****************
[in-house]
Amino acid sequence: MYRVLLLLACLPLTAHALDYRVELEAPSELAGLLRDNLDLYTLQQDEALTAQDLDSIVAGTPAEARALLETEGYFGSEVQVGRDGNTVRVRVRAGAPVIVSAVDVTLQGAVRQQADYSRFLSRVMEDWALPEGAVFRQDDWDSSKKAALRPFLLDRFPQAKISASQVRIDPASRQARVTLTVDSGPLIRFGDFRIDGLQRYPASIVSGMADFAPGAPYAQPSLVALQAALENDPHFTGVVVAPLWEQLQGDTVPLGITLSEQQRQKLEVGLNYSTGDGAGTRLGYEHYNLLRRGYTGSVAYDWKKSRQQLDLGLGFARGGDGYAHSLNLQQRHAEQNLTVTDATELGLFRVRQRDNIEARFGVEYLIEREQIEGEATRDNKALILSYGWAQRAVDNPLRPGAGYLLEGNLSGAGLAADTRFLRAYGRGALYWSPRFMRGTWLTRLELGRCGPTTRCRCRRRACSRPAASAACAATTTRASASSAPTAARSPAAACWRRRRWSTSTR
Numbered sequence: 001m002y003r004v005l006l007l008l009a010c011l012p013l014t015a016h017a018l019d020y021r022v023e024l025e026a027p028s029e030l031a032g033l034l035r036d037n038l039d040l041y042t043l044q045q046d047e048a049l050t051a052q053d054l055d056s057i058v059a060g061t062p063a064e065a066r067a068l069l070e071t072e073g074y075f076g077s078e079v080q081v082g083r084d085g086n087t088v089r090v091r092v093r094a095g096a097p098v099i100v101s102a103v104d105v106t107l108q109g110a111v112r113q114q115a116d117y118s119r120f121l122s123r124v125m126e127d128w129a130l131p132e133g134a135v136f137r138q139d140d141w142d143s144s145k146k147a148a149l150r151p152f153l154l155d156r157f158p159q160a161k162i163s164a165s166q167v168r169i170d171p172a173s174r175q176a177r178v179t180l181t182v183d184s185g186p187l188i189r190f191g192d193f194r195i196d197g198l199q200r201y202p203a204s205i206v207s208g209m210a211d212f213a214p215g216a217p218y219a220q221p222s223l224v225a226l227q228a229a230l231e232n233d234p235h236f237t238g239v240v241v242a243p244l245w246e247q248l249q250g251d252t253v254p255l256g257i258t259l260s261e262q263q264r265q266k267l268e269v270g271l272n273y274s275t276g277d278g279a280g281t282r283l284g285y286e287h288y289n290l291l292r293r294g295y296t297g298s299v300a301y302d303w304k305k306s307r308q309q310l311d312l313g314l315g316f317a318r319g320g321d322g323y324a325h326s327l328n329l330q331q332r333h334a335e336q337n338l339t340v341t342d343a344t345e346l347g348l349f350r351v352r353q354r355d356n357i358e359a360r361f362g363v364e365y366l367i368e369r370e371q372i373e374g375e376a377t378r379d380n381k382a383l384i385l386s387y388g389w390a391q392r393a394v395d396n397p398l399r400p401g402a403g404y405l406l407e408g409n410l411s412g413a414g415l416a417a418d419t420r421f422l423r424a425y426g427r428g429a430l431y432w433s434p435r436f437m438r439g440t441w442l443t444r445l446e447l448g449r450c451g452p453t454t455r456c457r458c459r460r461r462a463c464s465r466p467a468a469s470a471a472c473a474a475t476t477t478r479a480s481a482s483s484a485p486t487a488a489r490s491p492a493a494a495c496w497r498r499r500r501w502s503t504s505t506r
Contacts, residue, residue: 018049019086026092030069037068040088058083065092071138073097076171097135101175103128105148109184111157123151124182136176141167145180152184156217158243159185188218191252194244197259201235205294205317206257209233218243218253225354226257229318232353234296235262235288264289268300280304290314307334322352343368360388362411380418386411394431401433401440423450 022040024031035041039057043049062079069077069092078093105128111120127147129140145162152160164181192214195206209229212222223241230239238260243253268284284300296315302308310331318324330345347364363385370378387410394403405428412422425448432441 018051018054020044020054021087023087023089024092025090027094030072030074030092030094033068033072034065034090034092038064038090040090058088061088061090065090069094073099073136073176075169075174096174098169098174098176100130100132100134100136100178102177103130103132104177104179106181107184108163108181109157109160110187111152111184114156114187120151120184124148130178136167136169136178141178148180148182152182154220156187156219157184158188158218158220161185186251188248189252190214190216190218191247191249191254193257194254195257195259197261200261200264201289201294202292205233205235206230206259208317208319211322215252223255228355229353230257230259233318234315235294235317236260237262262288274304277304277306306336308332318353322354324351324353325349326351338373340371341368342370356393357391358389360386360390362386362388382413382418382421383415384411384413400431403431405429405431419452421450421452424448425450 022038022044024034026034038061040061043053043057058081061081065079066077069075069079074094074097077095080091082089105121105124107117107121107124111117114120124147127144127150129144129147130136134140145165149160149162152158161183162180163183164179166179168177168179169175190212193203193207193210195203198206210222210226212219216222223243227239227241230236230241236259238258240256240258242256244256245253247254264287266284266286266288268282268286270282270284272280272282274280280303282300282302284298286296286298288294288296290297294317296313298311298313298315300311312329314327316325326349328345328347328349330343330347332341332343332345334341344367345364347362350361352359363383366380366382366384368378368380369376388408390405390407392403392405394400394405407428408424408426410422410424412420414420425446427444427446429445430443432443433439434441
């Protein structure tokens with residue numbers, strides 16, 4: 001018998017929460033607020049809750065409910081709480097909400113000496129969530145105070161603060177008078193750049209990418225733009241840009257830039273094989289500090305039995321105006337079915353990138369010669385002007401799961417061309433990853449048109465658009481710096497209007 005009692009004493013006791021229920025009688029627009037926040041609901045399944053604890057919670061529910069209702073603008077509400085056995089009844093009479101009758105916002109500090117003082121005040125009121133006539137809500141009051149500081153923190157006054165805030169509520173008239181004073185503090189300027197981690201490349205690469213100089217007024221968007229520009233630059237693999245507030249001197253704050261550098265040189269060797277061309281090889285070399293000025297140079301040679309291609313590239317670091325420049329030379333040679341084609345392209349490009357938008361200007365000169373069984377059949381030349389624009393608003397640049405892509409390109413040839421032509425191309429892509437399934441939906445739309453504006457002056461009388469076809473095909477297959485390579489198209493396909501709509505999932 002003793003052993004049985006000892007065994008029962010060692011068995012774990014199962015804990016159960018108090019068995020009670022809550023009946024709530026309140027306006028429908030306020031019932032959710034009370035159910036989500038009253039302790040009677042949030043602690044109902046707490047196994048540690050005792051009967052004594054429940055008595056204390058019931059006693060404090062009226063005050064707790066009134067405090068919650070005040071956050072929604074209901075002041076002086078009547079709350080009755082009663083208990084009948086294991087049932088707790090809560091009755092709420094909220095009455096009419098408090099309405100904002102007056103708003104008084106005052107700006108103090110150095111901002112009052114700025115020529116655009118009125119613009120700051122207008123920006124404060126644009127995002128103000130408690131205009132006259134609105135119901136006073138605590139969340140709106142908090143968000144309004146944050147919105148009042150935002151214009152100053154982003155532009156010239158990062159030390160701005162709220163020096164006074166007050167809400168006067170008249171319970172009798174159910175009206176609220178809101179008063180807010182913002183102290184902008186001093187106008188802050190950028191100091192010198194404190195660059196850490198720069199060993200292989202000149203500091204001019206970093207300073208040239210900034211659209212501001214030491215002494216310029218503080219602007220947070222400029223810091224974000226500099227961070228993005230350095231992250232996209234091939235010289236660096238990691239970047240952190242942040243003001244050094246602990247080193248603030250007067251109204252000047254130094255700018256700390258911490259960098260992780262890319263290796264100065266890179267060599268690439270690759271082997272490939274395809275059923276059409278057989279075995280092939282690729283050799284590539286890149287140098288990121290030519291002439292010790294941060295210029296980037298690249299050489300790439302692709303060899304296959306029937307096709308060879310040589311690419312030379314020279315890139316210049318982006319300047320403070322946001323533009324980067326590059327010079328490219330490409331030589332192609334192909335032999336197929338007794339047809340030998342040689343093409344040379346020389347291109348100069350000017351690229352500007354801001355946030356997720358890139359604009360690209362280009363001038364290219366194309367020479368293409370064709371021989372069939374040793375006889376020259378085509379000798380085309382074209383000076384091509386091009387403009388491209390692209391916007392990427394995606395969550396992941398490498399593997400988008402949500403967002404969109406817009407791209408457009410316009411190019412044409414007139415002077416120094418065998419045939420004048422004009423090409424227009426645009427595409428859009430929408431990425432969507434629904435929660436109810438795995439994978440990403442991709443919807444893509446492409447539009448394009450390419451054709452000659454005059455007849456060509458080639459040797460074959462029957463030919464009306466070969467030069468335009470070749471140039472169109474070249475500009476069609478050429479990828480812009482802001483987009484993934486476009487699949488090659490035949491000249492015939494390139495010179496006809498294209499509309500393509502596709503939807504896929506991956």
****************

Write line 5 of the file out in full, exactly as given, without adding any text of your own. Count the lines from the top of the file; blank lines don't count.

């Protein structure tokens with residue numbers, strides 16, 4: 001018998017929460033607020049809750065409910081709480097909400113000496129969530145105070161603060177008078193750049209990418225733009241840009257830039273094989289500090305039995321105006337079915353990138369010669385002007401799961417061309433990853449048109465658009481710096497209007 005009692009004493013006791021229920025009688029627009037926040041609901045399944053604890057919670061529910069209702073603008077509400085056995089009844093009479101009758105916002109500090117003082121005040125009121133006539137809500141009051149500081153923190157006054165805030169509520173008239181004073185503090189300027197981690201490349205690469213100089217007024221968007229520009233630059237693999245507030249001197253704050261550098265040189269060797277061309281090889285070399293000025297140079301040679309291609313590239317670091325420049329030379333040679341084609345392209349490009357938008361200007365000169373069984377059949381030349389624009393608003397640049405892509409390109413040839421032509425191309429892509437399934441939906445739309453504006457002056461009388469076809473095909477297959485390579489198209493396909501709509505999932 002003793003052993004049985006000892007065994008029962010060692011068995012774990014199962015804990016159960018108090019068995020009670022809550023009946024709530026309140027306006028429908030306020031019932032959710034009370035159910036989500038009253039302790040009677042949030043602690044109902046707490047196994048540690050005792051009967052004594054429940055008595056204390058019931059006693060404090062009226063005050064707790066009134067405090068919650070005040071956050072929604074209901075002041076002086078009547079709350080009755082009663083208990084009948086294991087049932088707790090809560091009755092709420094909220095009455096009419098408090099309405100904002102007056103708003104008084106005052107700006108103090110150095111901002112009052114700025115020529116655009118009125119613009120700051122207008123920006124404060126644009127995002128103000130408690131205009132006259134609105135119901136006073138605590139969340140709106142908090143968000144309004146944050147919105148009042150935002151214009152100053154982003155532009156010239158990062159030390160701005162709220163020096164006074166007050167809400168006067170008249171319970172009798174159910175009206176609220178809101179008063180807010182913002183102290184902008186001093187106008188802050190950028191100091192010198194404190195660059196850490198720069199060993200292989202000149203500091204001019206970093207300073208040239210900034211659209212501001214030491215002494216310029218503080219602007220947070222400029223810091224974000226500099227961070228993005230350095231992250232996209234091939235010289236660096238990691239970047240952190242942040243003001244050094246602990247080193248603030250007067251109204252000047254130094255700018256700390258911490259960098260992780262890319263290796264100065266890179267060599268690439270690759271082997272490939274395809275059923276059409278057989279075995280092939282690729283050799284590539286890149287140098288990121290030519291002439292010790294941060295210029296980037298690249299050489300790439302692709303060899304296959306029937307096709308060879310040589311690419312030379314020279315890139316210049318982006319300047320403070322946001323533009324980067326590059327010079328490219330490409331030589332192609334192909335032999336197929338007794339047809340030998342040689343093409344040379346020389347291109348100069350000017351690229352500007354801001355946030356997720358890139359604009360690209362280009363001038364290219366194309367020479368293409370064709371021989372069939374040793375006889376020259378085509379000798380085309382074209383000076384091509386091009387403009388491209390692209391916007392990427394995606395969550396992941398490498399593997400988008402949500403967002404969109406817009407791209408457009410316009411190019412044409414007139415002077416120094418065998419045939420004048422004009423090409424227009426645009427595409428859009430929408431990425432969507434629904435929660436109810438795995439994978440990403442991709443919807444893509446492409447539009448394009450390419451054709452000659454005059455007849456060509458080639459040797460074959462029957463030919464009306466070969467030069468335009470070749471140039472169109474070249475500009476069609478050429479990828480812009482802001483987009484993934486476009487699949488090659490035949491000249492015939494390139495010179496006809498294209499509309500393509502596709503939807504896929506991956």